The Pfizer study included women who were at least at 24 weeks of gestation. Because the risk of premature birth overall decreases the later into gestation, the FDA approved it for pregnant people beyond 32 weeks, when the risk of early delivery is lower.

The CDC’s working group is trying to figure out whether to recommend the vaccine for all expectant mothers, given this risk. “We are having more meetings about this than any other vaccine in my memory,” says Meissner. It’s unlikely, given the cost of the vaccine (up to $295) and the monoclonal antibody treatment, ($495 for the lowest dose for the smallest infants), that a pregnant woman would receive the vaccine and then have her baby get the antibody injection. “That’s duplicating responsibilities,” he says. “Like wearing suspenders and a belt. So we are in the process of sorting out, with weekly Zoom calls, how these would be used.”

Until then, Meissner says doctors need to discuss the potential risks with women, even if Pfizer’s data do not show a statistically significant danger of preterm births. “My personal opinion is a mother needs to be honestly told that this rate [of giving birth prematurely] is slightly higher with this vaccine,” he says. That conversation won’t be easy, especially for busy obstetricians who may not have the time to delve into the complicated nature of the data.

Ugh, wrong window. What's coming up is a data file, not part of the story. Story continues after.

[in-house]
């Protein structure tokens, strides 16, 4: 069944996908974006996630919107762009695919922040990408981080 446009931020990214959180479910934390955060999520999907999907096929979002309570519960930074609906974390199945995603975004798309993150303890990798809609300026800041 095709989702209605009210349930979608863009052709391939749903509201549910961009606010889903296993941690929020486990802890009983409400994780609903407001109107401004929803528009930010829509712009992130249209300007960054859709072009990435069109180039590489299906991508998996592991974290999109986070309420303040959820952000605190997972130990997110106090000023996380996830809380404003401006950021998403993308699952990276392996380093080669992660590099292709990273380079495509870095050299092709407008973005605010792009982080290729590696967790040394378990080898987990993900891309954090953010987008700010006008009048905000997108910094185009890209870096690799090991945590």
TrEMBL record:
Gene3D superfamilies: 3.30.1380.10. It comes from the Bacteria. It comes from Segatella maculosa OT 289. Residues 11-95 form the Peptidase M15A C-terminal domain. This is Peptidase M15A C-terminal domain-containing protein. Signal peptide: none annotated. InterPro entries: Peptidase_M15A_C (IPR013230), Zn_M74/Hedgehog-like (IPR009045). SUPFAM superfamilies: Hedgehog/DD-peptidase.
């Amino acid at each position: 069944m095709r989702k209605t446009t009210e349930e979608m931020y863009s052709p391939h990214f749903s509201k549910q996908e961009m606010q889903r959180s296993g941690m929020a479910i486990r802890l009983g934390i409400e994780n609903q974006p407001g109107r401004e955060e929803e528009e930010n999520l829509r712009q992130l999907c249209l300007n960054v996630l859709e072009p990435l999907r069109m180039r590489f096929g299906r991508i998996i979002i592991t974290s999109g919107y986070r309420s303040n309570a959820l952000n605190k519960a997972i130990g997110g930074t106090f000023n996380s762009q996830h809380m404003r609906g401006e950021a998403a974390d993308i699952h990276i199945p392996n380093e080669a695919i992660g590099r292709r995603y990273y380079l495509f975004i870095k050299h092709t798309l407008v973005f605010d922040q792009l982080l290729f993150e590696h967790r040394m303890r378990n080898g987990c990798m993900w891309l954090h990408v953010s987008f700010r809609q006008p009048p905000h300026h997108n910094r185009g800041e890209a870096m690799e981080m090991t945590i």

Over the next few months, health experts will be eager to see how effective the newest options are in curbing infections and, more importantly, reducing severe disease and keeping people out of the hospital. Pfizer says it plans to have adequate supply of its new RSV vaccine for both pregnant and older people in time for the fall (a spokesperson says vials labeled for older people can also be used for those who are pregnant until the new labeling is available).

But the updated and new vaccines, and the RSV antibody, will only have an impact if people have access to them. While the public health emergency for COVID-19 has ended, most insurers will continue to cover the updated COVID-19 vaccine, along with the flu shot. Certain Medicare plans will cover the RSV shot for older people, while the CDC has included both the maternal RSV vaccine and the antibody in its Vaccines for Children Program, which means that the government will provide these for families who are uninsured or cannot afford them.